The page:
Museo Thyssen-Bornemisza Bank of America - Merril Lynch
Tintoretto and “The Paradise”: a work for the Sala del Maggior Consiglio in the Doge’s Palace A fire in the Doge’s Palace in Venice in 1577 damaged both the building’s structure and much of its decoration. One of the rooms that suffered its effects was the Sala del Maggior Consiglio, an extremely large hall where the numerous members of the Council met, numbering more than 1,000 Venetian patricians in the 16th century. The Maggior Consiglio decided all legislative issues relating to the city. The principal wall of the room had been decorated in 1365 with a fresco by the Paduan artist Guariento that had suffered damage and deterioration, for which reason a competition was announced to replace it with a new one on the theme of the Glory and Coronation of the Virgin. Entering this competition, which seems to have taken place around 1582, were the most important Venetian painters of the day: Jacopo Palma il Giovane, who presented a preliminary design for The Paradise (Pinacoteca Ambrosiana, Milan); Veronese, who presented a composition now in the Musée des Beaux-Arts, Lille; Francesco Bassano, who entered The Coronation of the Virgin, known as The Paradise (State Hermitage Museum, Saint Petersburg); and Tintoretto, with The Paradise (now Musée du Louvre). After a complex series of events Tintoretto finally gained the commission. However, according to the most recently accepted hypothesis, after securing the commission Tintoretto presented a new preliminary design for the Sala del Maggior Consiglio. This is the one now in the Museo Thyssen-Bornemisza, which differs very significantly from the preliminary design now in the Louvre that he had entered for the competition.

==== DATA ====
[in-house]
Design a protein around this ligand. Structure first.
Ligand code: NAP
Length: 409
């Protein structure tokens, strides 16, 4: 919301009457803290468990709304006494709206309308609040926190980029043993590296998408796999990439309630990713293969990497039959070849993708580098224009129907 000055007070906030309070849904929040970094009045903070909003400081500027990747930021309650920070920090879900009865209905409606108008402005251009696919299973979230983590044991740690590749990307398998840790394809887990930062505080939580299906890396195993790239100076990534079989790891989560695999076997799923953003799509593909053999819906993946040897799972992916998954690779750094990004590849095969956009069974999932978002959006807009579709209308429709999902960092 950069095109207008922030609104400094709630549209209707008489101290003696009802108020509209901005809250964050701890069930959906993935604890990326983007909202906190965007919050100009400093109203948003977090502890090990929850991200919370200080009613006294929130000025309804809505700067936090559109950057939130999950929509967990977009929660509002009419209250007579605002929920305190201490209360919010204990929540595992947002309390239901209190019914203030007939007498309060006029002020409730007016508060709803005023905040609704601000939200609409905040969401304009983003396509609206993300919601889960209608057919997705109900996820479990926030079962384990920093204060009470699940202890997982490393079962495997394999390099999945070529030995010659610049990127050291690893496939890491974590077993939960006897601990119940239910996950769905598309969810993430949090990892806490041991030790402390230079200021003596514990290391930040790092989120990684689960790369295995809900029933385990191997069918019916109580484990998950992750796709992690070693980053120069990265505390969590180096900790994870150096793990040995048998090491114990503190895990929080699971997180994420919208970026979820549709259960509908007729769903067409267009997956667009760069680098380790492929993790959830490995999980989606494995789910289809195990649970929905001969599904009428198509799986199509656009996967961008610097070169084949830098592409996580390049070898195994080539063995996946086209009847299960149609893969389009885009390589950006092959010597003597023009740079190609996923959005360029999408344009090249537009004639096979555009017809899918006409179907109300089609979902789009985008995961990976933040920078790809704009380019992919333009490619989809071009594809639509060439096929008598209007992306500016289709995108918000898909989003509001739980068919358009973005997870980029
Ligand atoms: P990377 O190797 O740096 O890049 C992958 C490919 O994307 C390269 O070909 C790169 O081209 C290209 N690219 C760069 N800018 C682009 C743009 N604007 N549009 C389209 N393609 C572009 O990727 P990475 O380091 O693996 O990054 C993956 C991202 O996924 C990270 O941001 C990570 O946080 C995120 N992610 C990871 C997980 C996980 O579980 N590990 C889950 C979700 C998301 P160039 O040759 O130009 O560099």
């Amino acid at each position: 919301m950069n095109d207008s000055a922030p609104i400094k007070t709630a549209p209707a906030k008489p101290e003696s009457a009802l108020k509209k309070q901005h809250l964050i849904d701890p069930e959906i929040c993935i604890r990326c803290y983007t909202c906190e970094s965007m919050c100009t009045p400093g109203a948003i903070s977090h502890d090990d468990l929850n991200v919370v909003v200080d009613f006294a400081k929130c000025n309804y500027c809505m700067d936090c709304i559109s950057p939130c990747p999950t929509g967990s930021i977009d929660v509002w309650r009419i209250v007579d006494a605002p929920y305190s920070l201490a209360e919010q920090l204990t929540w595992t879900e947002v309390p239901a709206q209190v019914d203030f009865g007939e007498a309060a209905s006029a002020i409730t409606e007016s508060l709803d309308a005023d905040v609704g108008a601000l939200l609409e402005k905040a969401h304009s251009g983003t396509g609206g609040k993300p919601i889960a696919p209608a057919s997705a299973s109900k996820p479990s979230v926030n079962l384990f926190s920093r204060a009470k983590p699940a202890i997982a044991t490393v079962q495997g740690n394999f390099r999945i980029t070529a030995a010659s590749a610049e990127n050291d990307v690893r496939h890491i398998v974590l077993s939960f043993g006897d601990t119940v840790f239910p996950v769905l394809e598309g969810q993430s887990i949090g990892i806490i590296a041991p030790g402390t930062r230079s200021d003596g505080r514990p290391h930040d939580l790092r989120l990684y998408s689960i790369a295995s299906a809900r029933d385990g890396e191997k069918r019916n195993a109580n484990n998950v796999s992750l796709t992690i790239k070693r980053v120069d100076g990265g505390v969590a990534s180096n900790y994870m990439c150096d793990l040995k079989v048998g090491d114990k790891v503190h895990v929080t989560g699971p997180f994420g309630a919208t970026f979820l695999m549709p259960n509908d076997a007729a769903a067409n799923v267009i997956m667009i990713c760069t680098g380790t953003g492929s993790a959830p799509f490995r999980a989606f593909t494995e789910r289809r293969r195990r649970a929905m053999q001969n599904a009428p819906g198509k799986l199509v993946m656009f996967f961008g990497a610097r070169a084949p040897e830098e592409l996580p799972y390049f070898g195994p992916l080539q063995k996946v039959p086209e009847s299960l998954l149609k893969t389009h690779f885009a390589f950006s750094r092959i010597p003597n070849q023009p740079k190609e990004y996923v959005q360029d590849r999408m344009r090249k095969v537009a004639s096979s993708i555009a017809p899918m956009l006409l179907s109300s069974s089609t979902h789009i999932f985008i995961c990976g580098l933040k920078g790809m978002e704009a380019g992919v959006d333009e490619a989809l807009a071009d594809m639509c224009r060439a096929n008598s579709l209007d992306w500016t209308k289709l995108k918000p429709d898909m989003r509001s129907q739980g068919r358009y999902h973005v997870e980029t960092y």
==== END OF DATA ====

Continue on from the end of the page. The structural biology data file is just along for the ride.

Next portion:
The Thyssen canvas is a work from the mature phase of Tintoretto’s career, painted when he was around seventy. It reveals all the characteristics of his late style such as the use of more compact figures and an emphasis on chiaroscuro. The composition of The Coronation of the Virgin, inspired by Dante’s “Paradise”, is structured around the different groups of angels, heavenly hierarchies and the Blessed, located among the clouds and surrounding the central scene with its depiction of Christ crowning his mother, the Virgin Mary.

The story of this work’s creation and the details of the competition for the decoration of the Doge’s Palace were the subject of in-depth analysis in the travelling exhibition Tintoretto. The Paradise, held at the Musée du Louvre, Paris (9 February-8 May 2006), the Museo Thyssen-Bornemisza, Madrid (8 June to 27 August 2006) and the Doge’s Palace, Venice (6 September-30 November 2006).

Mª Eugenia Alonso
Jacopo Robusti, known as Tintoretto (Venice, 1519-1594)    |  The Paradise (detail)